By Tom Clarke
Hittin’ the Note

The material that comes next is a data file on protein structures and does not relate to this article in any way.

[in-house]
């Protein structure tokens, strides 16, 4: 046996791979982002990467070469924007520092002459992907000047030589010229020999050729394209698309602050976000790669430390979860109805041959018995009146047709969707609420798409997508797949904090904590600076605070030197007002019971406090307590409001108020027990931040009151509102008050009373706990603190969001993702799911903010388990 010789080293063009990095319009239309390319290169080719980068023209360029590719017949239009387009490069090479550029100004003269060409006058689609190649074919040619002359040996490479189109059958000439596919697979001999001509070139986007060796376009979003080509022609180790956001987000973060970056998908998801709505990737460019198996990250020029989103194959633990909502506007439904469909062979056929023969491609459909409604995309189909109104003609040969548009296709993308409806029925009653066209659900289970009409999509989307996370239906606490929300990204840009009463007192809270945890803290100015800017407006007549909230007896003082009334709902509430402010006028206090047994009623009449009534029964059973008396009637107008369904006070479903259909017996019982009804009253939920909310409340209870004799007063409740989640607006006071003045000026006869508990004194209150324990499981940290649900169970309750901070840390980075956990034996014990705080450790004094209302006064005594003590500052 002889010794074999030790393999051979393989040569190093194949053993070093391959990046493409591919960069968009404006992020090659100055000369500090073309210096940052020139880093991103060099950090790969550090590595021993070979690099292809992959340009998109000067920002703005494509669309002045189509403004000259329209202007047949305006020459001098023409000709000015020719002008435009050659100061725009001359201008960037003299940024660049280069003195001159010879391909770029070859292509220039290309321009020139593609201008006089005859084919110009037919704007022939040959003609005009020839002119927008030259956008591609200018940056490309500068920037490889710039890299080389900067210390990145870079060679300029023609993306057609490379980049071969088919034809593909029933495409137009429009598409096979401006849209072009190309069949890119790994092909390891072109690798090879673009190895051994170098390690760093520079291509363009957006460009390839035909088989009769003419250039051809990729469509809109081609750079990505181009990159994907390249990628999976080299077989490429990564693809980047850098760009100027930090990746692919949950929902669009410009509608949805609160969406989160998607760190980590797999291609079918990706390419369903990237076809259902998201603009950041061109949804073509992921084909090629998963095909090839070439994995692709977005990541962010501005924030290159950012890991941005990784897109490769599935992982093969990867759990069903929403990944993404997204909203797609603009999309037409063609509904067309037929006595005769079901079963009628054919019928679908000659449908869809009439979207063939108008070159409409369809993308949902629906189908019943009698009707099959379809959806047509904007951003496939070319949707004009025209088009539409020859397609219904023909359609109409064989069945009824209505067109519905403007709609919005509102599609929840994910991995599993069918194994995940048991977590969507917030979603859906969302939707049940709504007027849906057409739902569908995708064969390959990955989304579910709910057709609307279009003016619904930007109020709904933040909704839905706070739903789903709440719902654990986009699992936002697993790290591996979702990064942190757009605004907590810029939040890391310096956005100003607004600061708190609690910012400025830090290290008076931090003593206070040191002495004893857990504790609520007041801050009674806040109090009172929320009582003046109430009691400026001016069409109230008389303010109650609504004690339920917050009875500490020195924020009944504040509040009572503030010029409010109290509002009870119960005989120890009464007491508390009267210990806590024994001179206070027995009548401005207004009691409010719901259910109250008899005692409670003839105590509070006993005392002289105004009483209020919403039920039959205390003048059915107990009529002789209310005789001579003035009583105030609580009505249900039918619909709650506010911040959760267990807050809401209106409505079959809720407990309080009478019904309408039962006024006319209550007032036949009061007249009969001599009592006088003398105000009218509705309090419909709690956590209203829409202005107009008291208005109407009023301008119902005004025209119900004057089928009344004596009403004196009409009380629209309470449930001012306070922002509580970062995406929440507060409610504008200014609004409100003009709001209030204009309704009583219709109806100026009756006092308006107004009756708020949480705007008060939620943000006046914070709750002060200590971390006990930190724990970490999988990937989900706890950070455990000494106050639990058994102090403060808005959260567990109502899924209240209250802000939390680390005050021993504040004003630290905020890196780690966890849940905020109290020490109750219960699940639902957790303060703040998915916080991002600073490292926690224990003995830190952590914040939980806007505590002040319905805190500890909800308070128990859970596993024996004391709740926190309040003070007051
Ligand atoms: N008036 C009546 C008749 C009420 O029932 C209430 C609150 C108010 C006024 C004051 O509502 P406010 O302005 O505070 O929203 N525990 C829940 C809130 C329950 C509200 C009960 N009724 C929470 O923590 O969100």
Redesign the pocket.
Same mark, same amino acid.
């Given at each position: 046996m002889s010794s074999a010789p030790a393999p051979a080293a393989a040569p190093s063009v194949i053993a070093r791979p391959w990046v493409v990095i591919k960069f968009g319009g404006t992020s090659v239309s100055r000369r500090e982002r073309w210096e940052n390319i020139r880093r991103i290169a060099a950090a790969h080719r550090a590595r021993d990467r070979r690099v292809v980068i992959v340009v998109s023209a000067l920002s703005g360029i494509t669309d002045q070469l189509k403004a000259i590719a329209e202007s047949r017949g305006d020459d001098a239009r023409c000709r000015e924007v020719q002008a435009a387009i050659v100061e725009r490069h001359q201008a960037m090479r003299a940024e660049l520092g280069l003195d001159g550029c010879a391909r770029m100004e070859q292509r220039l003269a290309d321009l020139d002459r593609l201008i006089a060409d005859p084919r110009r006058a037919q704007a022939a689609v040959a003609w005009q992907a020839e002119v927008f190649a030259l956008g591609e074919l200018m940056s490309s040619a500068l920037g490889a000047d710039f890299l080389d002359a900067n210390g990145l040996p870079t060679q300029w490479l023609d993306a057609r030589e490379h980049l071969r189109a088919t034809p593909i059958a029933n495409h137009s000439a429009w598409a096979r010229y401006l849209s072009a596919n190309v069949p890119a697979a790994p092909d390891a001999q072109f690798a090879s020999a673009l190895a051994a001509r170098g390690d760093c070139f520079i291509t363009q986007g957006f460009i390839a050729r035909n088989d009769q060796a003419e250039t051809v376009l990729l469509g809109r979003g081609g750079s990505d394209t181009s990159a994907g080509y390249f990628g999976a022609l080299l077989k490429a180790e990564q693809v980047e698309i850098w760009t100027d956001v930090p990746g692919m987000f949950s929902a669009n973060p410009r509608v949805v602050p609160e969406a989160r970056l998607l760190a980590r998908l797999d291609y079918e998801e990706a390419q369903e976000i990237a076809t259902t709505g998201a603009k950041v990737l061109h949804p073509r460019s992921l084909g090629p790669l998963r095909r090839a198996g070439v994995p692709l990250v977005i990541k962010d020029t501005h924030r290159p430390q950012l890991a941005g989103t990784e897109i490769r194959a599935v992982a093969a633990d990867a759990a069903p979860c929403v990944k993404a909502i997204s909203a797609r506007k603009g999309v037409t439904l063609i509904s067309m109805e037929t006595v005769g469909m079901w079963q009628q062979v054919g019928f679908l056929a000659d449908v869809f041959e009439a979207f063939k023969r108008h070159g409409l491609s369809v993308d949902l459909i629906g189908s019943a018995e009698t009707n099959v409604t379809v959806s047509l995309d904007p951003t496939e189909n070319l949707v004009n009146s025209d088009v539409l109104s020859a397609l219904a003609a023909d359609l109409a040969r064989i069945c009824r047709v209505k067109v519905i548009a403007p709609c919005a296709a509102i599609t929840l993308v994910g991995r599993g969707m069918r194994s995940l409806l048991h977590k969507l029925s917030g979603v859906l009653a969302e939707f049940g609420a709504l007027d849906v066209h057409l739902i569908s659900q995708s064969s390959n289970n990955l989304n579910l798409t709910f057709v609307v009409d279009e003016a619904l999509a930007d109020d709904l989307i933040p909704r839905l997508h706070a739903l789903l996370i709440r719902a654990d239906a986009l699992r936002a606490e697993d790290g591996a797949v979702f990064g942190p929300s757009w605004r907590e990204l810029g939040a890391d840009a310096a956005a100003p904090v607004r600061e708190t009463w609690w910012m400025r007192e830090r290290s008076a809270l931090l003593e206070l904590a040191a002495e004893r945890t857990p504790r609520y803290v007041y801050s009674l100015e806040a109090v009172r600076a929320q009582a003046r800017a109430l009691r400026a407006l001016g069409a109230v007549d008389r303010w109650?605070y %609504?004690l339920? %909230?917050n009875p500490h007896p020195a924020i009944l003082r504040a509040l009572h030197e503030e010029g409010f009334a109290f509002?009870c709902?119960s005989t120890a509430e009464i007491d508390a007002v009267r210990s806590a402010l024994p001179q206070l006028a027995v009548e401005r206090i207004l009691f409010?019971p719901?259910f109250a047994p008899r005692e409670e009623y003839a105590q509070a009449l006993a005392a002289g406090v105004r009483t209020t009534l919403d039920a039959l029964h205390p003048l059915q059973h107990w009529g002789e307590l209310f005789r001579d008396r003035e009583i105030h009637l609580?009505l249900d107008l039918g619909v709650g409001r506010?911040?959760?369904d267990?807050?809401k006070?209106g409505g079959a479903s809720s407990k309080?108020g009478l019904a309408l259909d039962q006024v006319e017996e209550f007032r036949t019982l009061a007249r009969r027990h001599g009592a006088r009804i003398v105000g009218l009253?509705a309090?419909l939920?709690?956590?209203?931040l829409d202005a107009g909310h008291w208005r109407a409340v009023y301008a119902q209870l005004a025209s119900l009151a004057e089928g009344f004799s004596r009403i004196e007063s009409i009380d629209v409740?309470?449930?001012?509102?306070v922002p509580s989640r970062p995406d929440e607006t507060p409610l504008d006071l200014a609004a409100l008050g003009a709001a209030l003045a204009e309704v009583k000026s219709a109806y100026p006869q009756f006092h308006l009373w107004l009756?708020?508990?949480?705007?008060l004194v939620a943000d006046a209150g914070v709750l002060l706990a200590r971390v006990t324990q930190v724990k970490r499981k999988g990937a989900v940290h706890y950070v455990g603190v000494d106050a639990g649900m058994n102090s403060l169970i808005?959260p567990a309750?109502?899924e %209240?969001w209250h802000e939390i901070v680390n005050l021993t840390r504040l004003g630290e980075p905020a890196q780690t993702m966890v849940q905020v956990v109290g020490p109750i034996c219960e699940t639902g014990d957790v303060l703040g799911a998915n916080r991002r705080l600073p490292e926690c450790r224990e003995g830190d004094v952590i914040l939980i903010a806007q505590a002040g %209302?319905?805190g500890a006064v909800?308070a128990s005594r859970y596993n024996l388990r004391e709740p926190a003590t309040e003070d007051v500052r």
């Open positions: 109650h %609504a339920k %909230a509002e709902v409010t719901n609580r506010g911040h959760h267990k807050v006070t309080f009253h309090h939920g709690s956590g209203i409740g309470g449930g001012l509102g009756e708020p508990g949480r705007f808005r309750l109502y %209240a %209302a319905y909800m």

Delta Moon’s songs fascinate like the vestiges of a shotgun shack, pitted planks that retain the essence of what thrived way, way back. This Atlanta-based quartet wrings slippery, piquant juice from yesteryear’s Mississippi blues and enhances it with dual slide guitars and incredibly catchy beats. In what might seem a crowded field, they’re one of a kind, triggering excitement all through the twists and turns on their new Hellbound Train. Founders Tom Gray and Mark Johnson are instinctive partners. On “You Got to Move,” Johnson unleashes liquid devil on the bottleneck while Gray wrenches jagged daggers from his lap steel and sings like a washboard caked with leftover grit. Listen as well to bassist Franher Joseph and drummer Darren Stanley as they bend through the groove with shared solidity. The living room video of that classic Mississippi Fred McDowell tune (the album’s lone cover) on the band’s site allows one to share in the incredible feel these gentlemen possess. Real-life songwriting is a Delta Moon hallmark. “Take the Back Road Home” waves a cautionary finger while setting the ass in motion, singer Francine Reed adding understated gospel fervor. A sign of the times reveals crude callousness in “Room 429,” and the tough, hypnotic beat in “Lonely” stresses the despair of a broken union. The album closes with “Plantation Song,” which Gray performs alone and gracefully on Dobro. Despite the powerful subject matter and frank truths, the song is just wonderful-one of the many bright blue beams reflecting the beauty of Delta Moon.